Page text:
Friday, May 28, 2010

from Maya

"There is no greater agony than bearing an untold story inside you."

~ Maya Angelou ~

Monday, May 24, 2010

word of the day :: paen

[pee-uh n]

1. any song of praise, joy, or triumph.
2. a hymn of invocation or thanksgiving to Apollo or some other ancient Greek deity.

1535-45; < L: religious or festive hymn, special use of Paean appellation of Apollo < Gk Paiā́n physician of the gods

"Let arms give place to civic robes, laurels to paens."
:: Marcus Tullius Cicero ::

* Definition from

Friday, May 21, 2010

from Gustave

"Do not read, as children do, to amuse yourself, or like the ambitious, for the purpose of instruction. No, read in order to live."

~ Gustave Flaubert ~

Monday, May 17, 2010

word of the day :: tomfoolery


–noun, plural -er·ies
1. foolish or silly behavior; tomfoolishness.
2. a silly act, matter, or thing.

1805-15; tomfool + -ery

"If you put tomfoolery into a computer nothing comes out of it but tomfoolery. But this tomfoolery, having passed through a very expensive machine, is somehow ennobled and no one dares criticize it."
:: Pierre Gallois ::

* Definition from

Saturday, May 15, 2010

This YouTube video about Brontë sister action heroes is hilarious!

Friday, May 14, 2010

from Alexander

"Sometimes we stare so long at a door that is closing that we see too late the one that is open."

~ Alexander Graham Bell ~

Wednesday, May 12, 2010

national short story month

May is National Short Story Month. It may not be as "old" as National Poetry Month (see this post), but it is just as inspiring! I love a good short story. To me, a well written short story is the epitome of good writing. An entire story, theme, character, and message is delivered in so few pages. That's a pretty tall order, so I have a healthy respect for a good short story author. Here are some of my faves, in no particular order.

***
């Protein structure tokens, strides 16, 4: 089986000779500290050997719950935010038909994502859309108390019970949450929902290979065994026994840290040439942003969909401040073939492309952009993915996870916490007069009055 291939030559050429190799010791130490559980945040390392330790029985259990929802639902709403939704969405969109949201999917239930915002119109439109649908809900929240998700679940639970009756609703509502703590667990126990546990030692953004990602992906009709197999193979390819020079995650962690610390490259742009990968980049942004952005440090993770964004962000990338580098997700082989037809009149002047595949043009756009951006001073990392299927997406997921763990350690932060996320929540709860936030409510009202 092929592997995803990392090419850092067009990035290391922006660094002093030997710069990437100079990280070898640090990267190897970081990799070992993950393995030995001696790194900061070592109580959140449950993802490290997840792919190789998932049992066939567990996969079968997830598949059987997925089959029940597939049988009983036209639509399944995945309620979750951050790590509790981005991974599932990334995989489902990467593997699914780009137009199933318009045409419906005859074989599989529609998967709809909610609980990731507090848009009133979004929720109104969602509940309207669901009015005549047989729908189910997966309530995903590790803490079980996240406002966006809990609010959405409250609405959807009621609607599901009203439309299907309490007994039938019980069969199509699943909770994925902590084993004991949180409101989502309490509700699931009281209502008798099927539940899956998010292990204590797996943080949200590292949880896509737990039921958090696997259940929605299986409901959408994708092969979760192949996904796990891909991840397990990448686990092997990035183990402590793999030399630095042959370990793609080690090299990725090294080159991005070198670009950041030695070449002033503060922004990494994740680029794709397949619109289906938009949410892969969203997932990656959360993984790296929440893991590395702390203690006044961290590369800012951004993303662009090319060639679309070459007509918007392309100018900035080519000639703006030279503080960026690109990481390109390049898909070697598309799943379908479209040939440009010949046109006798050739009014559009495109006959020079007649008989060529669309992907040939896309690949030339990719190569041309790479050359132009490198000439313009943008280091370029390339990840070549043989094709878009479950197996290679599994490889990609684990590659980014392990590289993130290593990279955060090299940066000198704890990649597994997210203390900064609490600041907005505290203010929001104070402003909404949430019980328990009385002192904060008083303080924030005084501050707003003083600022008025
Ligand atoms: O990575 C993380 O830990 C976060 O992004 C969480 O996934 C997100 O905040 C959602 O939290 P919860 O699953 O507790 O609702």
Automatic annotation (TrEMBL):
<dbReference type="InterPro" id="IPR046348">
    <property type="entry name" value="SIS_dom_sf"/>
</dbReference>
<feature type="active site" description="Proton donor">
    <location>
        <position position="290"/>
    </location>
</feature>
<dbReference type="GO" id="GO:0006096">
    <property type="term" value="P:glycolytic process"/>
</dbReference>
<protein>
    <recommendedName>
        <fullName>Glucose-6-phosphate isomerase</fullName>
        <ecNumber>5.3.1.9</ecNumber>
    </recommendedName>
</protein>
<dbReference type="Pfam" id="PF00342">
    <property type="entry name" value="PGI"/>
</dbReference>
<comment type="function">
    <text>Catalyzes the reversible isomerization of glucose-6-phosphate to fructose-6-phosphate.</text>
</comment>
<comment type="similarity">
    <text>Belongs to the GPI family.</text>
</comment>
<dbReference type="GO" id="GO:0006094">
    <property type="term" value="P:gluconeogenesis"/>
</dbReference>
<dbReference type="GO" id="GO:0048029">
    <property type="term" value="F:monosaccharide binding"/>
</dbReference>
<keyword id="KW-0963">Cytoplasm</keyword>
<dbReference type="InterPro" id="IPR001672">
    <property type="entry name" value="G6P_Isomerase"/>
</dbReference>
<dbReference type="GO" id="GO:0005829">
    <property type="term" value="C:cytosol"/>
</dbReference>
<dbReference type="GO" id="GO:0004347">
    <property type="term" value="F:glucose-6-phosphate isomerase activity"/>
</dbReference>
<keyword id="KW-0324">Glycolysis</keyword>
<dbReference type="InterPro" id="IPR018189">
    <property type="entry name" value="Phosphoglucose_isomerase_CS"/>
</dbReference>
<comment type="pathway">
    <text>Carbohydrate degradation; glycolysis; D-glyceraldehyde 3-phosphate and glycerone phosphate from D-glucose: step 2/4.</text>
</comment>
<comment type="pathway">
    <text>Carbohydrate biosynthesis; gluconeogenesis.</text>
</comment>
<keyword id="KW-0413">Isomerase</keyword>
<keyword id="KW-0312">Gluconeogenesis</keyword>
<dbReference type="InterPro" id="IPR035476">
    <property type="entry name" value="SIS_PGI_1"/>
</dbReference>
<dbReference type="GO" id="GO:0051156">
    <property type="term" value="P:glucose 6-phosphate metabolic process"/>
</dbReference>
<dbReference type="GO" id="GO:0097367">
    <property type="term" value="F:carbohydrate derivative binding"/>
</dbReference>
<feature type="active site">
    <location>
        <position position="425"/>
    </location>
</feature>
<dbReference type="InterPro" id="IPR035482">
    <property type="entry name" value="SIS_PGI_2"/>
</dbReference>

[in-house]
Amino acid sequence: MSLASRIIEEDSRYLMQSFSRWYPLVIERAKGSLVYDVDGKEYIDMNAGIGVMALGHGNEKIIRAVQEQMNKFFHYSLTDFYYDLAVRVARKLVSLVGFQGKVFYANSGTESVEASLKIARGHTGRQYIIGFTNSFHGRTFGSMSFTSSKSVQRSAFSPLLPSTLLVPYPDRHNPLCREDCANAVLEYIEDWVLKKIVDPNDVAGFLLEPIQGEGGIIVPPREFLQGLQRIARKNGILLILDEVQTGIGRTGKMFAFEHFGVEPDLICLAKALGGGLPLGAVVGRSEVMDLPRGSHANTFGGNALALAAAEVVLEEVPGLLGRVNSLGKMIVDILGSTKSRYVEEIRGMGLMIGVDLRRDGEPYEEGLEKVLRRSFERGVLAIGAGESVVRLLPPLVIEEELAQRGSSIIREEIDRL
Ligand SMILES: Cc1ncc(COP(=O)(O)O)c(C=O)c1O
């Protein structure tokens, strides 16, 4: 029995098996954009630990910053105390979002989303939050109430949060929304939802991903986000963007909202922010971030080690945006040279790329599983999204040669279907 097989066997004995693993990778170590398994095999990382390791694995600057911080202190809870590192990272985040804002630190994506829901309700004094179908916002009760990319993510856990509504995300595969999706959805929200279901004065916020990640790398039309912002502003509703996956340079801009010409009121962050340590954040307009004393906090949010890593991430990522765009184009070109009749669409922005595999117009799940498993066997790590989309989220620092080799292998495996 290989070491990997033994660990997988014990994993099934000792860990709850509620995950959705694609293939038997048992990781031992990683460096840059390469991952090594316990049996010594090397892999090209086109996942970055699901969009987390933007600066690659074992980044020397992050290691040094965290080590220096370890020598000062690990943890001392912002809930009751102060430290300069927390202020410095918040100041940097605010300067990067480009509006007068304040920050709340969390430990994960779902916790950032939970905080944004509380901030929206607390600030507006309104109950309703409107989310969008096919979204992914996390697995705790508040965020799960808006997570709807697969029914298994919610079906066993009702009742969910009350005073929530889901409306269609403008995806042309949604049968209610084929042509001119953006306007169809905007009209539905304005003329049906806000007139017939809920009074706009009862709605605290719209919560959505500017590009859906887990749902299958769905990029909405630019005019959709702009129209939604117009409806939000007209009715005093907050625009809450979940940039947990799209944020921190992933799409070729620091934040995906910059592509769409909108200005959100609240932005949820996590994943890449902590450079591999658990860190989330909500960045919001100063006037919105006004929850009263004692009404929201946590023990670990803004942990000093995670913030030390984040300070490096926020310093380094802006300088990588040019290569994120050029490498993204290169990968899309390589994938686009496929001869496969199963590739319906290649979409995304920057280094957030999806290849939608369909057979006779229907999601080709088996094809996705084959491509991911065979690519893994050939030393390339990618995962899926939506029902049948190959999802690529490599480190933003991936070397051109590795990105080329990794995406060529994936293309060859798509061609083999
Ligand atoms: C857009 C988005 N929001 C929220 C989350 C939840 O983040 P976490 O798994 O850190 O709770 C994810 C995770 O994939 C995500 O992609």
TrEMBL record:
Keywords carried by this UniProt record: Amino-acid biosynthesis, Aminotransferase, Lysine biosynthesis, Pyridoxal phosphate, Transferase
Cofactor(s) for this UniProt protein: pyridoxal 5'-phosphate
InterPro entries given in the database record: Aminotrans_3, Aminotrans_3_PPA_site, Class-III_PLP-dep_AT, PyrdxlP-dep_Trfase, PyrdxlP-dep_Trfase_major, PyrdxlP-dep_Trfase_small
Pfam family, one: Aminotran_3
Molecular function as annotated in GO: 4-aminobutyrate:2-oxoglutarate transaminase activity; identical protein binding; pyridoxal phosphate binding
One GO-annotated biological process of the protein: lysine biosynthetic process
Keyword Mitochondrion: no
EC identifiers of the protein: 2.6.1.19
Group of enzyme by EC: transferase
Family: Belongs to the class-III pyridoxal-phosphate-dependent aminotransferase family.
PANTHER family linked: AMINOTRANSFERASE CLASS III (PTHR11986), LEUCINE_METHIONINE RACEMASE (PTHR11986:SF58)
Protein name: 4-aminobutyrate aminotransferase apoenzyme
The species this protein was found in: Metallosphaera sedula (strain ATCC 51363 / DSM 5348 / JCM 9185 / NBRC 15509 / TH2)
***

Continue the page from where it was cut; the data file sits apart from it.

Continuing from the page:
Nathaniel Hawthorne
The Artist of the Beautiful
The Minister's Black Veil
Rappaccini's Daughter
Young Goodman Brown

Edgar Allen Poe
The Cask of Amontillado
The Fall of the House of Usher
The Purloined Letter
The Tell-Tale Heart

Ambrose Bierce
An Occurrence at Owl Creek Bridge

Charlotte Perkins Gilman
The Yellow Wallpaper

Flannery O'Connor
Everything That Rises Must Converge

Monday, May 10, 2010

word of the day :: miasma

[mahy-az-muh, mee-]

–noun, plural -mas, -ma·ta
1. noxious exhalations from putrescent organic matter; poisonous effluvia or germs polluting that atmosphere.
2. a dangerous, foreboding, or deathlike influence or atmosphere.

1655-65; < NL < Gk míasma  stain, pollution, akin to miaínein  topollute, stain

"There is tonic in the things that men do not love to hear. Free speech is to a great people what the winds are to the oceans...and where free speech is stopped miasma is bred, and death comes fast."
:: Henry Ward Beecher ::

* Definition from

Friday, May 7, 2010

from Eleanor

"The reason that fiction is more interesting than any other kind of literature, to those who really like to study people, is that in fiction the author can really tell the truth without humiliating himself."

~ Eleanor Roosevelt ~